This post is part of the March Blog party on Emerging from Winter hosted by Karen Vaughan at http://www.acupuncturebrooklyn.com/  other article links at the end of this blog.
    

     While I’m not the biggest fan of winter, never got into skiing and all, I hardly consider winter to be toxic. We slow a bit, perhaps plump a bit, reflect a bit, sleep a bit more and look for warmth and comfort in the kitchen. Soup is a beautiful thing.
     I love watching for the first QUICKENING of spring, and being a true Aries SpringFreak, it doesn’t take MUCH to get me all happy. A bud, a catkin, a whiff of promise, an earlier morning, a bit more light, one frog singing about ANYthing at all.

first stirring plumbuds

     The older books refer to blood-thinning, sometimes blood-cleansing. The notion of our blood as ‘thickening’ for the colder season makes some sense, but when the sap starts to running, we begin to waken. I prefer to go in this direction, ever listening for my body to answer the call and crave live, bitter greens – the broccoli raab, the dandelions, the first beet greens.
     I find in the winter I’m hard-pressed to even WANT to eat a salad or much in the way of cold vegetables at all, although I do love a good APPLE. As the apples begin to lose their real crunch, it’s time to start looking to the garden.   
     Where I live now, in Western Oregon, our winters are quite mild, although the last couple of years we’ve had a couple of weeks of fierce freezes in Dec that have even done in many of our rosemary plants. But the weeds, those first tastes of spring, can grit their leaves and tough it out.

With our soft and rainy winters Chickweed in sandwich
it’s Chickweed heaven
around here.
What incredible fun to find those first glowing green tips.
This is grazin’ on the ground:
pinch and nibble incorporated.
Any sandwich gets a major boost
from a fluff of fresh
chickweed.

 

     I’m a little less apt to be chowin’ down on the fresh dandelion greens outside, as ours stay huge and lush virtually all winter…

February Dandelion

…..but I do bring them in for that great Spring ritual – First Weed Pesto.
Let the drooling begin.

      I’ll snuffle around in the garden grabbing a few garden sorrel leaves, a few snips of chives, plenty of dandygreens, lots of chickweed and those first, INSANELY Green-scented stinging nettles. All is washed, coarsely chopped and danced about in the food processor.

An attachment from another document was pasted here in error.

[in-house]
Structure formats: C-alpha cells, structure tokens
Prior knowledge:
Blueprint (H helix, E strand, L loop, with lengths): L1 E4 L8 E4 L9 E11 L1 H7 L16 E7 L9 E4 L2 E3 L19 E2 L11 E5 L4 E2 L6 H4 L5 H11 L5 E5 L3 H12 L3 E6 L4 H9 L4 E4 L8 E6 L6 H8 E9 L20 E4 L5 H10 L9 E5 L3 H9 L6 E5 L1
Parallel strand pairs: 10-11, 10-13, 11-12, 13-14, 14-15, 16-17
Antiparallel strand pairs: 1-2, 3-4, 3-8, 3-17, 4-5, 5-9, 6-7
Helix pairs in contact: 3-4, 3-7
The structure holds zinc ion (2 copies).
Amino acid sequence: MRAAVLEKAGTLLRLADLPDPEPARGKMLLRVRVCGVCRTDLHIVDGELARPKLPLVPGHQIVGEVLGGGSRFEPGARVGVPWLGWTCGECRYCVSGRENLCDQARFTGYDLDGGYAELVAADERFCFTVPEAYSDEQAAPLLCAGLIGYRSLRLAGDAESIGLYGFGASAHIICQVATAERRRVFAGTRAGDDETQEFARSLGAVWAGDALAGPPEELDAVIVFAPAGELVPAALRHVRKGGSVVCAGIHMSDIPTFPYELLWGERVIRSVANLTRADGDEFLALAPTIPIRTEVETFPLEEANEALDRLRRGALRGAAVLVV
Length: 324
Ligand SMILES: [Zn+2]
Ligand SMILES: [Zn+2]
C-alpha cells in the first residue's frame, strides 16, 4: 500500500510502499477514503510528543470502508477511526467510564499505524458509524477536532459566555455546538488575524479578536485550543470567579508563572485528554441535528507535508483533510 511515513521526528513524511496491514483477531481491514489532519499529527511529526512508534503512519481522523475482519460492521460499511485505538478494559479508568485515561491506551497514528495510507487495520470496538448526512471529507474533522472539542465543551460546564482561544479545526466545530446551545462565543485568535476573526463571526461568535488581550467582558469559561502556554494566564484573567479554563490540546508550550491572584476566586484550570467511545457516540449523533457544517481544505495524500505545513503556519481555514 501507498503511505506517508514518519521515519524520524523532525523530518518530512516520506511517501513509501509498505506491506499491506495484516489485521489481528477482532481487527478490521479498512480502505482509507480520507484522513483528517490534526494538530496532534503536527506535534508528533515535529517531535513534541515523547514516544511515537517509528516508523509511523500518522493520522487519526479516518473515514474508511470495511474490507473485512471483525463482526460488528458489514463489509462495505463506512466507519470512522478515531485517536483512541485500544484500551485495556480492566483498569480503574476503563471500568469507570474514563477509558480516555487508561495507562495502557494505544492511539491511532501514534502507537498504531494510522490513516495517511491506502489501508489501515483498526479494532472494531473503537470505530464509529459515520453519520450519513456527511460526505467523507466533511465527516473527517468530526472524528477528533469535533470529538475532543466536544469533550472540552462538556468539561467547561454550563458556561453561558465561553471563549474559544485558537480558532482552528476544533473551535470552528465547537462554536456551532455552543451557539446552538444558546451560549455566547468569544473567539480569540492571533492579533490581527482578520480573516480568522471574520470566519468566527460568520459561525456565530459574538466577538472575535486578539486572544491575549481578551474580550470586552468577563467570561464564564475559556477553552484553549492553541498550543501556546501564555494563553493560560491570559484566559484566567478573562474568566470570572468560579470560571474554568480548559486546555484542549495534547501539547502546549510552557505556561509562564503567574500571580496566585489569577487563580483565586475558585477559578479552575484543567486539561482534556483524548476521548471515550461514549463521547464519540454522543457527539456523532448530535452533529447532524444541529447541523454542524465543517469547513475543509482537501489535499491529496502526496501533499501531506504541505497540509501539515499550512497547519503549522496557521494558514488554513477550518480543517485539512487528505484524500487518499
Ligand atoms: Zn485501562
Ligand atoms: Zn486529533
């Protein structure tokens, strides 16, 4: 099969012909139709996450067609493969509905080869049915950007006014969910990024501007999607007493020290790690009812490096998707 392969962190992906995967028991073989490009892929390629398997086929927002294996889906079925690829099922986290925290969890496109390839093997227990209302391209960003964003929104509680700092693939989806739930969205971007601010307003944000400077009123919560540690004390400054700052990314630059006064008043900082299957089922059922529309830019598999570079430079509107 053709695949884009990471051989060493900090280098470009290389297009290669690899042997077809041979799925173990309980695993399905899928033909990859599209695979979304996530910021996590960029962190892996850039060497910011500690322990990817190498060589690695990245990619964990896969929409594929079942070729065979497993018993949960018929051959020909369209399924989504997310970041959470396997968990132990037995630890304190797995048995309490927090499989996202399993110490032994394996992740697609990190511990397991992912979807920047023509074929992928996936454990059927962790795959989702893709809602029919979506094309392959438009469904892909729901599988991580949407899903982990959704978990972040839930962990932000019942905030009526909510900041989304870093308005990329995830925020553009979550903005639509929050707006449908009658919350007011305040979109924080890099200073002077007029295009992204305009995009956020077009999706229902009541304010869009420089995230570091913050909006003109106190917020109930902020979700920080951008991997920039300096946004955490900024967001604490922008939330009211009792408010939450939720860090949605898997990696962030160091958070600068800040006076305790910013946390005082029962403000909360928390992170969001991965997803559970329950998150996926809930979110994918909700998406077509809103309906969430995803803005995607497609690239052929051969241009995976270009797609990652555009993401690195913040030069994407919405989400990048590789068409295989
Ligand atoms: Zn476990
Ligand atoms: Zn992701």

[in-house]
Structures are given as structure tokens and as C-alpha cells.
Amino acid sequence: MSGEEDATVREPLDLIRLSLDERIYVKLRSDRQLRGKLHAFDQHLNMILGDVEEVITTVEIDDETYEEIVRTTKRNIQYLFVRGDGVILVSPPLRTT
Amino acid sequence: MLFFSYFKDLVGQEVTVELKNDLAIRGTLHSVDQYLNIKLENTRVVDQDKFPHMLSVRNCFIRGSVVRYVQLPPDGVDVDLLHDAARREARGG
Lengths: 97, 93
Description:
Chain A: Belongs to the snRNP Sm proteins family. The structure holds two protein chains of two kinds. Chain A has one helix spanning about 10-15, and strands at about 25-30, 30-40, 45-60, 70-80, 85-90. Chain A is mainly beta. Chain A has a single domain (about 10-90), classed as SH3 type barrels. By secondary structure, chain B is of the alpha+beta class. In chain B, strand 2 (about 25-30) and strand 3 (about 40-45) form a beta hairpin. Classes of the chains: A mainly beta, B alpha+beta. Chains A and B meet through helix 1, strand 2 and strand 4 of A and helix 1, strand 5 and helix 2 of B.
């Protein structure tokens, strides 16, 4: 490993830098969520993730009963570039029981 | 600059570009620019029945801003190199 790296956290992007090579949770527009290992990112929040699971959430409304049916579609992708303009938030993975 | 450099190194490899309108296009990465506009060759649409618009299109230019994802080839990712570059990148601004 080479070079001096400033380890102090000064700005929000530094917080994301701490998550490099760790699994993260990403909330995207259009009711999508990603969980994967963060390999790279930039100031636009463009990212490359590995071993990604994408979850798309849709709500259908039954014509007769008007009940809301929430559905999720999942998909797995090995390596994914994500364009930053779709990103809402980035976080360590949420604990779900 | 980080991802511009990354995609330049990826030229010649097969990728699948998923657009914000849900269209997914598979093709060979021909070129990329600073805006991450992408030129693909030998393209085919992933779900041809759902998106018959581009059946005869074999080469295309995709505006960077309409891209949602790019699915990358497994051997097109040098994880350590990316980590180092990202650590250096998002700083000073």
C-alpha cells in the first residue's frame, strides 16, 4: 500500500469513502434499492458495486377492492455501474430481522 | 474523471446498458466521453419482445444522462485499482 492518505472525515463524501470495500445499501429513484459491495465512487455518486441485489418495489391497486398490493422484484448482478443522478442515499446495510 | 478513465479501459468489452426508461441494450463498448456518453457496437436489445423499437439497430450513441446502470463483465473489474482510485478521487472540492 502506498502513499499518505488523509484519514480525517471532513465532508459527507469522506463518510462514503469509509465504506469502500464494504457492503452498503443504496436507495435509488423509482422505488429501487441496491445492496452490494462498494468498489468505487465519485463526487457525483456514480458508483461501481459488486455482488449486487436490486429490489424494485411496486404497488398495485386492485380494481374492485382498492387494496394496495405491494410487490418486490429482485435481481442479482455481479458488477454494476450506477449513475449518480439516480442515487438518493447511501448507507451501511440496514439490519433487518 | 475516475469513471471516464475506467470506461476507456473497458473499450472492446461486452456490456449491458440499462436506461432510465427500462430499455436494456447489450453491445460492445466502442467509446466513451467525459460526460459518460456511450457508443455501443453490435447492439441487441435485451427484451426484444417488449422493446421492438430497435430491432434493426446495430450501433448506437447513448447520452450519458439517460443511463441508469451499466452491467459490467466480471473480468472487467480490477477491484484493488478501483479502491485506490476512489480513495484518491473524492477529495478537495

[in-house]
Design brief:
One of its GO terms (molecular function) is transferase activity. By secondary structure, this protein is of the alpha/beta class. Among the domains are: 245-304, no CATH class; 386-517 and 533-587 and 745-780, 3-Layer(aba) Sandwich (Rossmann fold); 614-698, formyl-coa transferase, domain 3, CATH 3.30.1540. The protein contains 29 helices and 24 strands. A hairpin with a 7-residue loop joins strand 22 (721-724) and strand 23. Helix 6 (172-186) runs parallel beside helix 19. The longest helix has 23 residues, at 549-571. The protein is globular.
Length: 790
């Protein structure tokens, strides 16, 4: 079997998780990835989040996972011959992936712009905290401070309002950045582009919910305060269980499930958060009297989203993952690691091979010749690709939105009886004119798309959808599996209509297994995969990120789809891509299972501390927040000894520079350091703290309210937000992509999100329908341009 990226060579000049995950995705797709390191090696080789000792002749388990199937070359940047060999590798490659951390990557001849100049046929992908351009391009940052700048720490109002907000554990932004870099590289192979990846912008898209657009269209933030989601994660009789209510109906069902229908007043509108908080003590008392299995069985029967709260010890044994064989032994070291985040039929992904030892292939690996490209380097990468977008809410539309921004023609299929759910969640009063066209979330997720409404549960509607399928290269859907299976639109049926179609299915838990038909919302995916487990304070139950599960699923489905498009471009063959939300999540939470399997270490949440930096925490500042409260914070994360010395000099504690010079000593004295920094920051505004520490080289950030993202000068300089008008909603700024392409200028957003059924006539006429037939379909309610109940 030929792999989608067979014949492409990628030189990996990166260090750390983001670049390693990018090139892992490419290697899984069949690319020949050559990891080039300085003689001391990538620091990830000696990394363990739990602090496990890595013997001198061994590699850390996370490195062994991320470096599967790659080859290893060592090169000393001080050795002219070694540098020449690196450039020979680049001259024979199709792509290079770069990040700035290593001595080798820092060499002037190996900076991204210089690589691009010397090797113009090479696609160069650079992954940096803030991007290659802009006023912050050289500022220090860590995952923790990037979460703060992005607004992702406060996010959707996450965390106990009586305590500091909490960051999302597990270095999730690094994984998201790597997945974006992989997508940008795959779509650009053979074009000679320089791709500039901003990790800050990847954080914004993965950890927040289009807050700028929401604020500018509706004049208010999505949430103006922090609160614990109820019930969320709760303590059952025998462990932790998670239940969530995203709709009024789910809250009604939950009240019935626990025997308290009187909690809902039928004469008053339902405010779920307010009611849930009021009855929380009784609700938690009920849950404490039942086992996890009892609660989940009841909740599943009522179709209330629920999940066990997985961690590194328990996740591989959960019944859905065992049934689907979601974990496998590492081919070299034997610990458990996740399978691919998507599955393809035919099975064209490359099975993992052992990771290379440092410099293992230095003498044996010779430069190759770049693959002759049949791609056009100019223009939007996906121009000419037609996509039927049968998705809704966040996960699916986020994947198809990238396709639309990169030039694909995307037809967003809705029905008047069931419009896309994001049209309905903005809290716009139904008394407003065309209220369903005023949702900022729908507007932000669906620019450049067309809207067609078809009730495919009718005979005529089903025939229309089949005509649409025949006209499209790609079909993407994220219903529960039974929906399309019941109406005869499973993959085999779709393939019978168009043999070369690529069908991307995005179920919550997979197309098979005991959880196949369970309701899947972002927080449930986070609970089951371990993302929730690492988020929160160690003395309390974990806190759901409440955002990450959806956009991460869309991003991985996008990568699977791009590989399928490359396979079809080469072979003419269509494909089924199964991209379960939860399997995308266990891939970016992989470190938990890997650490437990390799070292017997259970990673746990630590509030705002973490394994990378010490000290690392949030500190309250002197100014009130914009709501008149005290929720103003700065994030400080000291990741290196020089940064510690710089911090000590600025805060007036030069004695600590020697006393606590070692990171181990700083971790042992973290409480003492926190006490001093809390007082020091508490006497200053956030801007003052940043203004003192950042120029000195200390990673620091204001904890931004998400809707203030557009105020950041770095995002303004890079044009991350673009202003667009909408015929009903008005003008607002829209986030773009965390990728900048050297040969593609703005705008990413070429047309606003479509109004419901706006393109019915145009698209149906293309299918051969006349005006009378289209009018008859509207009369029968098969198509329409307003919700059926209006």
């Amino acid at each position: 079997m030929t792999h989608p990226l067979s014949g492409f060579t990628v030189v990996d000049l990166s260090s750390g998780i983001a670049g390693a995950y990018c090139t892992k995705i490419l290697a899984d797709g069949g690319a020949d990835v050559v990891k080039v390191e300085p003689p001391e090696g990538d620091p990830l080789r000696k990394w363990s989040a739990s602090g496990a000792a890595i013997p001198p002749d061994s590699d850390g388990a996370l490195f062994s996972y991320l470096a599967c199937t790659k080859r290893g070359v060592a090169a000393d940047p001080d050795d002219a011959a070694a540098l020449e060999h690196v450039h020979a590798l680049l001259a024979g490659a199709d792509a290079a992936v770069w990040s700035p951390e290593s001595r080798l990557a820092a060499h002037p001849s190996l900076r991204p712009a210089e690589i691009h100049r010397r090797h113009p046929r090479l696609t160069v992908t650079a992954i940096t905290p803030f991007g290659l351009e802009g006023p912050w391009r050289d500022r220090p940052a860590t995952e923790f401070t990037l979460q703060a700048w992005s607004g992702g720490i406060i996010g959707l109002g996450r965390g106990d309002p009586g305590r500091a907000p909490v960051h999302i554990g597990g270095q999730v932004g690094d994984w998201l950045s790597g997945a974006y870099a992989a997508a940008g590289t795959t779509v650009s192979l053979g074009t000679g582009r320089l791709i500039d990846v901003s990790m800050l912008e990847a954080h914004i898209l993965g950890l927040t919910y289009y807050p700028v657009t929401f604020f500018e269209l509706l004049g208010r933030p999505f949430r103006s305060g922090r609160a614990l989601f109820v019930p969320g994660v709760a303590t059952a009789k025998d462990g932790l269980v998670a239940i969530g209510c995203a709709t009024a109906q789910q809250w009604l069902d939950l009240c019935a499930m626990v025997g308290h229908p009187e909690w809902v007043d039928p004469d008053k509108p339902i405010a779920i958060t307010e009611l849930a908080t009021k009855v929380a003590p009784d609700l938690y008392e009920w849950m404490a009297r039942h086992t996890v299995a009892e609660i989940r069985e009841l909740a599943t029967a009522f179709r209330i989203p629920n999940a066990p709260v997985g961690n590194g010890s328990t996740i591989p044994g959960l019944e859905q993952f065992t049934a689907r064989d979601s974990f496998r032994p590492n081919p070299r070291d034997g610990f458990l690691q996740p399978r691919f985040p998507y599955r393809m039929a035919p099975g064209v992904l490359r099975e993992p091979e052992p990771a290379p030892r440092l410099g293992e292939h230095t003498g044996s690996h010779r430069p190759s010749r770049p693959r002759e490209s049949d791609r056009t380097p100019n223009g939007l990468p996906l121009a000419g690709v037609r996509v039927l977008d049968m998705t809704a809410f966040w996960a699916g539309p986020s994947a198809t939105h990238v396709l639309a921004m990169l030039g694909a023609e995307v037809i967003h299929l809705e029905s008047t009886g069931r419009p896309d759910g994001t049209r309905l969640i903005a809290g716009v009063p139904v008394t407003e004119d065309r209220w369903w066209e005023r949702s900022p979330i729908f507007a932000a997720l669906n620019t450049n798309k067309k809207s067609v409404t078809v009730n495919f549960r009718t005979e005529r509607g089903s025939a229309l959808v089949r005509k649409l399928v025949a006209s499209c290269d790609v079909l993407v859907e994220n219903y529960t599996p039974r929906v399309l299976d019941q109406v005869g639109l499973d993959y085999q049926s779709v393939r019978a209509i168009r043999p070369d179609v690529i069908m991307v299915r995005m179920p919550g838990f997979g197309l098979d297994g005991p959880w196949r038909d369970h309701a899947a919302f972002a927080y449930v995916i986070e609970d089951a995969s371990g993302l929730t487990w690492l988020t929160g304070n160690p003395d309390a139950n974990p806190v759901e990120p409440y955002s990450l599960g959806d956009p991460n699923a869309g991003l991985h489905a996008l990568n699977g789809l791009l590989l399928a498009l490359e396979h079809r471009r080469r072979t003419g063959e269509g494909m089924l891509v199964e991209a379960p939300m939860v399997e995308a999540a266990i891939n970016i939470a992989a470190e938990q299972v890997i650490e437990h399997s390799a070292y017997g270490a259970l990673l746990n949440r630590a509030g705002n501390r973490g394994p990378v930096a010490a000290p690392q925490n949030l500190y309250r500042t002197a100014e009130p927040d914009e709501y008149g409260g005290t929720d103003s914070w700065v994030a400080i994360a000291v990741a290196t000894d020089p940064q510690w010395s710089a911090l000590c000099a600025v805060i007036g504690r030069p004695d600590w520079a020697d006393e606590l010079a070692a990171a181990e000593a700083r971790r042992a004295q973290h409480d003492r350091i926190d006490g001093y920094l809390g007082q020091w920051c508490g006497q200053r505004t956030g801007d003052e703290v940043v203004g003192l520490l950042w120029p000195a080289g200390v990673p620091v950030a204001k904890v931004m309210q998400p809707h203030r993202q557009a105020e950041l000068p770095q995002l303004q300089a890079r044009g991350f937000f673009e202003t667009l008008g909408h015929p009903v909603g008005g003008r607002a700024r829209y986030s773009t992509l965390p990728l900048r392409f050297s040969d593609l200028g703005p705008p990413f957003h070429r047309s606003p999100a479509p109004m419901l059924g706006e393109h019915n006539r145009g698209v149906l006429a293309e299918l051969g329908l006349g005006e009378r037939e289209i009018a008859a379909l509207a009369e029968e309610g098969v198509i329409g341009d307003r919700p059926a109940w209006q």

I keep the recipe in my head as “Two, Two, half-half-half-QUARTER – and INHALE at every phase”
TWO cups of chopped greens
TWO (or however many) cloves of fresh garlic
HALF a cup of olive oil
HALF a cup of crunchies (I use sunflower seeds as I’m allergic to nuts)
HALF a cup of parmesan cheese (added by hand after all the food processing is done)
and a QUARTER of a tsp of seasalt (or you can leave that out)

Weeeeeeeed pesto!

     GREEEEEEEEEN never tasted so good.
But you don’t want to waste this EXPERIENCE. You’ll find with just a little attention that your tongue isn’t the ONLY part of you getting in on this! When you really savor the flavors and scents, your body gets the announcement: Incoming Minerals!!!! (and enzymes and stuff and magic) and you can FEEL it all over your body.

     I like to imagine this is what a tree feels like as its own sap thins and flows and awakens to the first warmth of spring. I don’t think of the trees as detoxing, nor the first buds as doing much other than hearing the call to GROW and responding with exuberance. I’ll dance what THEY’RE dancing.

     I suspect we may really NEED spring – perhaps more so this year than in the past, as we’ve all watched so much of what we used to be able to count on prove to be false, rigged, poisoned, fed by greed instead of our best interests. We need to trust that Spring will come again, and it will, with hopes of daffodils and songs of forsythias, and longer days and warmer sun.

She hasn’t forsaken us.

no, she has not forsaken us

all photos (c) LadyB

The March Herbal Blog Party:

Yael Grauer wrote Emerging from Winter With Herbs about her three favorite adaptogens and nasal irrigation. Rosalee de la Foret wrote about Spring violets, Emerging from Winter to Find Violet

 Sean Donohue wrote Skunk Cabbage: New England Bear Medicine about the plant that heats its way up through the snow and feeds the bears after the acorns are gone.

 Granny Sam Gahagan writes from her snow covered lair about Emerging from Winter in the Appalachians.  (You westerners might not know that we still have winter, with more storms to come- makes it a bit hard to get into the Spring spirit when you have to dig the chickweed from under the snow.)

 Karen Vaughan writes about Nettles! her favorite spring herb, and year long food.  Whether eaten, drunk or flogged on the skin, nettles stir up your vitality.

 Sarah Head has a beautifully insightful post on Emerging from Winter With Herbs, focusing on the emotional side.  Stunning photographs.

 Stefan Chemlik,  writes Emerging from Winter with a Chinese medicine point of view, focusing on the Liver.  Scroll down to to his list of things you can do to clean up your act under Feeling fat, fuddled or fatigued?

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